Mooquackwooftweetmeow

Concatenating zoölogical onomatopœia since 1999

About Mooquackwooftweetmeow

Hi! This is Mooquackwooftweetmeow, a collection of stuff by Greg K Nicholson.

en-semantic

I don't like being wrong. I like it even less when everyone else is wrong and I can't (or shouldn't) tell them, for reasons of etiquette. I suppose I'm just finicky, which is why I spend quite a bit of time reviewing my own websites, Here and There, enjoying their majesty. Or something.

It's OK when I don't know that a rule is being broken, or that something is just wrong. Unfortunately, I'm also just a little bit curious, so I eventually learn the rules, and then notice when things disobey them.

...which brings me to the semantics of the English language. Read the following:

  • Practise is the verb; practice is the noun - think advise/advice.
  • A does not comprise of B and C; A comprises B and C.
  • There's means there is and thus cannot refer to several items - it makes as much sense as several items is...; there are refers to several items (several items are...).
  • Theirs means the item that belongs to them; there's means there is.
  • They is and their is are wrong; there is is right.
  • Must of, as in It must of been cold., is wrong; must have, as in It must have been cold. is right.

And the classics:

  • There refers to a place; their means belonging to them; they're means they are.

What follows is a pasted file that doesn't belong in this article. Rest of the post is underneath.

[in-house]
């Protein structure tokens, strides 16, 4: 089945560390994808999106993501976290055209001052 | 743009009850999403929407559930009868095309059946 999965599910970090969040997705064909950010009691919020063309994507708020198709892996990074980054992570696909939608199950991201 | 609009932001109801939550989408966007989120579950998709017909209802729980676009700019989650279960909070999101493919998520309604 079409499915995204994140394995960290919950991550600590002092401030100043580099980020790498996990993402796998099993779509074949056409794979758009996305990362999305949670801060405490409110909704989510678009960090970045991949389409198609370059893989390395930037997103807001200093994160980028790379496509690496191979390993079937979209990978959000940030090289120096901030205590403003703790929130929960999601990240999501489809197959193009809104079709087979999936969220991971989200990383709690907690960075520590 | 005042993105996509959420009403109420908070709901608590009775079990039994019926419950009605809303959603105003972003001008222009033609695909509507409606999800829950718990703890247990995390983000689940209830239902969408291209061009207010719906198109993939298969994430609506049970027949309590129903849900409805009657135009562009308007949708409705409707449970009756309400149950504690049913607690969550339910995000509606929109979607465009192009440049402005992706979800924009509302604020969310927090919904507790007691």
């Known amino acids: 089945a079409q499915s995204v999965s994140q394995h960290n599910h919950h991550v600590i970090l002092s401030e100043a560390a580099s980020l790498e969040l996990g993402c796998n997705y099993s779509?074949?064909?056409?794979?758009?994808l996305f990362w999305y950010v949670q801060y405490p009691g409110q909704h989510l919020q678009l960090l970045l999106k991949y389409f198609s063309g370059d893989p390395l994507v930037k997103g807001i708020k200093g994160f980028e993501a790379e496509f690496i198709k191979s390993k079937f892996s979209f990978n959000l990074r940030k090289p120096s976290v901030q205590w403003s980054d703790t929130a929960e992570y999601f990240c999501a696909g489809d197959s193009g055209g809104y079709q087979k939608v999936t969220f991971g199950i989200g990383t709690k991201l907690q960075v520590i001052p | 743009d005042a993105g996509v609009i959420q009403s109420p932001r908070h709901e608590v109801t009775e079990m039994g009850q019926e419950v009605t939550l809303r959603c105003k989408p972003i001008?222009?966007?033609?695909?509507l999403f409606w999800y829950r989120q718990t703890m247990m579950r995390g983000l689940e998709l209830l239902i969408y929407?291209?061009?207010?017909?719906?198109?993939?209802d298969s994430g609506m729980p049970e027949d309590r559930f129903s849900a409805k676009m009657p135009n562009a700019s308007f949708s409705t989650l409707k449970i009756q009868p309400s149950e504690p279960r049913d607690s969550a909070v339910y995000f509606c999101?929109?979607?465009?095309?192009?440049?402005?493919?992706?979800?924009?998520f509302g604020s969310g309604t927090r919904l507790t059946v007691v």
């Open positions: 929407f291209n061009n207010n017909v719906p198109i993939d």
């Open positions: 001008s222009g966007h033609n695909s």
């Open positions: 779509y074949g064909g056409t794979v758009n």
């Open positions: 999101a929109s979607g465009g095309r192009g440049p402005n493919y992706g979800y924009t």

• Your means belonging to you; you're means you are.
  • Its is used like his and hers; it's means it is or it has.

While we're on the topic, some abbreviations:

  • Etc. is pronounced et cetera, not ek cetera, and is not spelt ect..
  • 1 gram is abbreviated to 1 g, not 1 gm; 2 grams is abbreviated to 2 g, not 2 gms - s is never added to SI units' abbreviations when pluralising them.

(By the way, feel free to report any cock-ups in the above to me.)

What prompted all this? Well, it was Andrei's use of Practice, practice, practice as a headline. ...trouble is, it's actually valid to use nouns like that. But we all know he meant Practise, practise, practise, right?

Remember that just because one can speak English effectively doesn't mean one can write English effectively.

About this entry

Writing English correctly is difficult. (By the way, for non-hacker types, the title implies that semantic English is a distinct dialect of English.)

I published this entry on 14 September 2004 when I should've been asleep. That means this is pretty old. Beware parachronisms.

Questions? Comments? Plaudits? Microblog at identi.ca/gregknicholson, or with the tag #mqwtm; or email me at ensemantic@gkn.me.uk.